In a White House where no secret is safe for long, one development has remained stubbornly confidential – the contents of a Middle East peace plan authored by President Donald Trump's advisers Jared Kushner and Jason Greenblatt, Reuters reports.
With Trump having delighted Israelis and angered Palestinians by recognizing Jerusalem as Israel's capital in 2017 and moving the American Embassy to the holy city last May, a US-brokered peace deal may seem farther away now than when talks collapsed five years ago.
Then on Wednesday, Israeli Prime Minister Benjamin Netanyahu secured a clear path to re-election, only days after proposing to annex Jewish West Bank settlements, traditionally viewed as illegal by much of the world. The Trump administration has yet to comment on the election-eve remarks.
Aides expect Trump to release the plan once Netanyahu forms a government coalition, and officials say that despite criticism of the administration's moves to date, the plan will demand compromises from both sides.
That the peace plan has remained a secret is remarkable in a White House where drafts of executive orders, confidential conversations and internal deliberations all find their way to the front pages.
Kushner and Greenblatt have limited the plan's distribution over the two years they have been crafting it. It has been kept secret "to ensure people approach it with an open mind" when it is released, a senior administration official said.
Only four people have regular access – Kushner, Greenblatt, US Ambassador to Israel David Friedman and Kushner aide Avi Berkowitz, the official said.
Trump is briefed regularly on the contents but is not believed to have read the entire document of dozens of pages.
"He is briefed if something interesting is happening or there is an idea they want to run by him," the official said.
Kushner, a New York real estate developer and husband of Trump's daughter Ivanka, and Greenblatt, a former lawyer for Trump, joined the process knowing little about the tortured, decades-long path in search of Arab-Israeli peace.
Their proposal addresses such core political issues as the status of Jerusalem, and separately aims at helping the Palestinians strengthen their economy.
Cloaked in secrecy is whether the plan will propose outright the creation of a Palestinian state, the Palestinians' core demand.
On Wednesday, Trump's secretary of state Mike Pompeo said the plan would be presented before too long but, when asked, declined to say whether the administration favored a two-state solution, long the basis of Middle East peacemaking.
Not even Trump, who is known to blurt out news whenever he feels like it, has dribbled out details of the peace plan because of the sensitivity.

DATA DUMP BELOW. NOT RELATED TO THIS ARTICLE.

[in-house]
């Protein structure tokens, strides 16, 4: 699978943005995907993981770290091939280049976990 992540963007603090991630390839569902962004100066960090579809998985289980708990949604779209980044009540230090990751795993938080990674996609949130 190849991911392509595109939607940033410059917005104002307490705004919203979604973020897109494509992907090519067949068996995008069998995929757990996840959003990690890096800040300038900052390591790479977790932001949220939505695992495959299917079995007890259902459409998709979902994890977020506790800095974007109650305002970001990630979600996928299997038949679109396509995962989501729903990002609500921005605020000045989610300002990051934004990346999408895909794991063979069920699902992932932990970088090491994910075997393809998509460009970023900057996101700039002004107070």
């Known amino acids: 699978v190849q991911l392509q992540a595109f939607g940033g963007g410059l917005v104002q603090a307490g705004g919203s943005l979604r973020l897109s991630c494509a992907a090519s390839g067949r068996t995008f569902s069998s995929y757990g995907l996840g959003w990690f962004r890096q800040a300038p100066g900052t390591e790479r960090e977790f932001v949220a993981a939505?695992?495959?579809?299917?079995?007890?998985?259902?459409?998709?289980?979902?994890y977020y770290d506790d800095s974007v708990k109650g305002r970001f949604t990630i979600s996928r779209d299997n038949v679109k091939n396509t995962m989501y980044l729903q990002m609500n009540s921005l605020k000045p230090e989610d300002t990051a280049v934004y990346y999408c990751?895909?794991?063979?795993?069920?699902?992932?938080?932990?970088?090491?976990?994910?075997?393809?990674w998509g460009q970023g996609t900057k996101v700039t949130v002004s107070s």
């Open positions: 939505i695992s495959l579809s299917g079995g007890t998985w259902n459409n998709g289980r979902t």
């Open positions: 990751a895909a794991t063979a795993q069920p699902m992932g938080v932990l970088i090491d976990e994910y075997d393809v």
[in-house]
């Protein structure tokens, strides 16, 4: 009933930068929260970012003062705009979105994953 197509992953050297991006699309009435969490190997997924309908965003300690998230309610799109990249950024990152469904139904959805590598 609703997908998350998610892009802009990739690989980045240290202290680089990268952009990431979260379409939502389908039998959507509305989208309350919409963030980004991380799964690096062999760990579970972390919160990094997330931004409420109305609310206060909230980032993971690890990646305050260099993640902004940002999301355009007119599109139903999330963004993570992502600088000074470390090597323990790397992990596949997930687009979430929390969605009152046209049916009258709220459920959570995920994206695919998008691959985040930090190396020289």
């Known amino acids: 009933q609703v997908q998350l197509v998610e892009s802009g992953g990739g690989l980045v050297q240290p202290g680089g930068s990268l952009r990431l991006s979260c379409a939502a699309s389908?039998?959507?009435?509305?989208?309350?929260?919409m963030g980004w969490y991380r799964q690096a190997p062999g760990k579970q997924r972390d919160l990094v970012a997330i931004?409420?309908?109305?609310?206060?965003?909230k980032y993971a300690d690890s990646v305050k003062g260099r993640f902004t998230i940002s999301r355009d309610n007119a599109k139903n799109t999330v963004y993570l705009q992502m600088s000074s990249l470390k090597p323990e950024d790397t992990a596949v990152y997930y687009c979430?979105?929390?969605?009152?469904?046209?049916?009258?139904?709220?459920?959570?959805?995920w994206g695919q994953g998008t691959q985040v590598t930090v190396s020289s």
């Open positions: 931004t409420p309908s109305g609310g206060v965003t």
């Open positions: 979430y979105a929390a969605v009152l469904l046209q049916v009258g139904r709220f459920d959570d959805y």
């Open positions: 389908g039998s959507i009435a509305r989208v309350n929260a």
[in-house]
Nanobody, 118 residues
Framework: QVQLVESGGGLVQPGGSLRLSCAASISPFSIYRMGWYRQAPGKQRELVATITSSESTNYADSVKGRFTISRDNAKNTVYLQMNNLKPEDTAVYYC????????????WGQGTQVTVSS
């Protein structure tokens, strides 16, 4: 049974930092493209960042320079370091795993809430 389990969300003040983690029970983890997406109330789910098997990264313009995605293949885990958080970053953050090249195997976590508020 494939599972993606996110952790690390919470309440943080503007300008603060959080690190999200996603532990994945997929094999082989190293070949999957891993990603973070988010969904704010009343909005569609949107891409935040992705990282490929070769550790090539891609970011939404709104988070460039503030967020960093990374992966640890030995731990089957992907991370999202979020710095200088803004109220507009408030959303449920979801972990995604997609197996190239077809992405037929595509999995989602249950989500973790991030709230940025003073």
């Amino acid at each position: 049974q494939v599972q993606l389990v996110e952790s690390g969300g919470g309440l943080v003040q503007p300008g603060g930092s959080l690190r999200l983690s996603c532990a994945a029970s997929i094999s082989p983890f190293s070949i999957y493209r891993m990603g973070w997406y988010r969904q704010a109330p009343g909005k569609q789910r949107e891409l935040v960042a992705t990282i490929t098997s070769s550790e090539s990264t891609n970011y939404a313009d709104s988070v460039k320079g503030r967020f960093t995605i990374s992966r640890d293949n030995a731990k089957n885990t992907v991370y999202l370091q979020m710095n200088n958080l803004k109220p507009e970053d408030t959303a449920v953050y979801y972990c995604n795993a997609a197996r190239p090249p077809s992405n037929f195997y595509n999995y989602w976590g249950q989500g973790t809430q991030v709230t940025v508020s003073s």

He tells his Middle East envoys, "If you guys can get this done you're going to be the greatest negotiators in history," said a senior White House official.
'Your Children's Future'
When Kushner and Greenblatt began developing their plan in 2017, they asked the parties to look to the future and describe an outcome on each issue that they could accept rather than get locked into historical stances, two officials said.
"You can't let your grandfather's conflict hold back your children's future" was their message to both sides, one official said.
Palestinians reject Trump's pro-Israel policies.
"The extremist and militaristic agenda, led by Benjamin Netanyahu, has been emboldened by the Trump administration's reckless policies and blind support," said PLO Executive Committee Member Hanan Ashrawi.
US Vice President Mike Pence, Pompeo and White House national security adviser John Bolton are all kept up to date on the peace plan, but have kept a hands-off approach to it, deferring to Kushner, two other officials said.
The secrecy maintained by Kushner and Greenblatt, even as they refine and polish the plan, has posed something of a challenge for Gulf governments, who want to know the details before committing resources to a Palestinian fund.
Kushner and Greenblatt toured Gulf states in February to promote the economic part of the plan and get opinions about it, without providing a detailed view of the contents of the more crucial political section.
One of their stops was in Qatar.
Qatari Foreign Ministry Spokeswoman Lolwah Al Khater, speaking to a small group of reporters in Washington recently, gave no indication that Kushner and Greenblatt provided much in the way of details on the political plan when they visited.
"I don't think it's still set in stone," she said.
Dennis Ross, a longtime Middle East envoy and now a distinguished fellow at the Washington Institute for Near East Policy, said the US team still has "a lot of work to do to make sure that Arab leaders aren't surprised by what's going to be presented, and they need to see it in writing, not verbally."
But he said secrecy at this point is understandable.
"Holding something very close makes sense and it's not taken as a negative by the parties, because in the end, if the content isn't leaking out, it also makes sure that what would be controversial doesn't create an immediate firestorm. There's a logic to that," Ross said.